Acne Treatments Lack Science

Common acne treatments aren’t backed by sufficient comparative studies on their safety and efficacy.

Jef Akst
Jef Akst

Jef Akst is managing editor of The Scientist, where she started as an intern in 2009 after receiving a master’s degree from Indiana University in April 2009 studying the mating behavior of seahorses.

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Sep 7, 2011

WIKIMEDIA COMMONS, GEORGE HENRY FOX

We’ve all seen the late-night infomercials for Proactive and other “miracle” acne products, but there’s actually very little evidence that they work, according to a new study published in The Lancet. The lack of studies that compare available acne treatments have forced agencies such as the Global Alliance to Improve Outcomes in Acne and the American Academy of Dermatology to issue guidelines based purely on expert opinions, not data, which hold the potential for conflicts of interest.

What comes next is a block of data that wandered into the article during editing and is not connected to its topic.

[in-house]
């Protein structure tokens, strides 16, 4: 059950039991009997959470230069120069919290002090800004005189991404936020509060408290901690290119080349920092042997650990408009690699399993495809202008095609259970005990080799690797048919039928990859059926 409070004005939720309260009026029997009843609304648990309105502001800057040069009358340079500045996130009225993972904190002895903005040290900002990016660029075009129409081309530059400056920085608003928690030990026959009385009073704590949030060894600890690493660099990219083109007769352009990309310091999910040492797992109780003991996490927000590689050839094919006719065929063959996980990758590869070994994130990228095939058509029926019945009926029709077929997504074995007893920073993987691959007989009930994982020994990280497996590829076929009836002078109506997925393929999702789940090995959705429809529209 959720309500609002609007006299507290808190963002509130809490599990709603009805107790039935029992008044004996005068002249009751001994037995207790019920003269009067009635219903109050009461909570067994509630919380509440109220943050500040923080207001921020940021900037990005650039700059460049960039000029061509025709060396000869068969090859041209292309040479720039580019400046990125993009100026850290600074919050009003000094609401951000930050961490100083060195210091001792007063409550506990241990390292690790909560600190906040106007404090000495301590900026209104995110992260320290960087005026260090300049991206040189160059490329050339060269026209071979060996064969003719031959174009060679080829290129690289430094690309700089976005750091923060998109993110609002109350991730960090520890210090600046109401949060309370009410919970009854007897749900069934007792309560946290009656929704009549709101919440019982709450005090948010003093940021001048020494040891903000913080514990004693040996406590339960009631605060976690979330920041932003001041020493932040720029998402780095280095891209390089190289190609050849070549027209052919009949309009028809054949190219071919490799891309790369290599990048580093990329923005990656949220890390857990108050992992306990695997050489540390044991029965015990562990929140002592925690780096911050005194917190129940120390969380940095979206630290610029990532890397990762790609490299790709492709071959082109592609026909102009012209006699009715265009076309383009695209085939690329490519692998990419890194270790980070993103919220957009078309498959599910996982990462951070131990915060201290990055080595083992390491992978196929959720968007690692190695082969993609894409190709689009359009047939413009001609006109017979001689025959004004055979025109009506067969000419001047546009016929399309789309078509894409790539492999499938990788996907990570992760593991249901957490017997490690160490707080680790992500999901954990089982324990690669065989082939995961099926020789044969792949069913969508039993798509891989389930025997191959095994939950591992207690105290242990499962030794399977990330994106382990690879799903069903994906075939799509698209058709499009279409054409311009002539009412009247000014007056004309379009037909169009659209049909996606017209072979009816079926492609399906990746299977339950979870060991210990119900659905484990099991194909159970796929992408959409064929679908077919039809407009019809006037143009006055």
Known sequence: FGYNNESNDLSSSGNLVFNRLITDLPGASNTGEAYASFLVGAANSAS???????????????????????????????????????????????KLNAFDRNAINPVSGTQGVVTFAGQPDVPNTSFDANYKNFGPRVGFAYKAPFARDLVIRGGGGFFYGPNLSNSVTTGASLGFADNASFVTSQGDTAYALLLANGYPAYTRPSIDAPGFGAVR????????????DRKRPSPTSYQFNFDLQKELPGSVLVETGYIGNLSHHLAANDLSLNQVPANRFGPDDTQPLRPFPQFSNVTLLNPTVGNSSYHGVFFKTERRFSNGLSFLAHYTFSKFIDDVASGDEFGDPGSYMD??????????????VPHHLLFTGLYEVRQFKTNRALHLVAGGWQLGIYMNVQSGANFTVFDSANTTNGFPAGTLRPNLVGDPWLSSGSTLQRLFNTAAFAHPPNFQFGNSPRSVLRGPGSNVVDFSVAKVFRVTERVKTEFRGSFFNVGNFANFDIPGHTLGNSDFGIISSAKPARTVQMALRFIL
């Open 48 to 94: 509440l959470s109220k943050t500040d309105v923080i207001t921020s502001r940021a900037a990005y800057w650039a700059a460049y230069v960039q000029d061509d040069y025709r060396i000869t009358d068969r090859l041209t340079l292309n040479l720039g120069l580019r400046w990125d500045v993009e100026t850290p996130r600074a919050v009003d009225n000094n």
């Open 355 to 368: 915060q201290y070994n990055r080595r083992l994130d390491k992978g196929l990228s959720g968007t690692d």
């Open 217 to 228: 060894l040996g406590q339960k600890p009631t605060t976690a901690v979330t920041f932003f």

“The large number of products and product combinations, and the scarcity of comparative studies, has led to disparate guidelines with few recommendations being evidence-based,” lead author Hywel Williams from the University of Nottingham said in a press release. As a result of the dearth of clinical information available for both over-the-counter and prescription acne treatments, the Institute of Medicine, the health arm of the National Academies, has...

Furthermore, the use of antibiotics to treat acne raises concerns about the rising frequency of antibiotic resistance. Acne treatments tend to use low doses for extended periods of time—ideal conditions for the evolution of resistance among microbes. (Hat tip to Fierce Biotech.)

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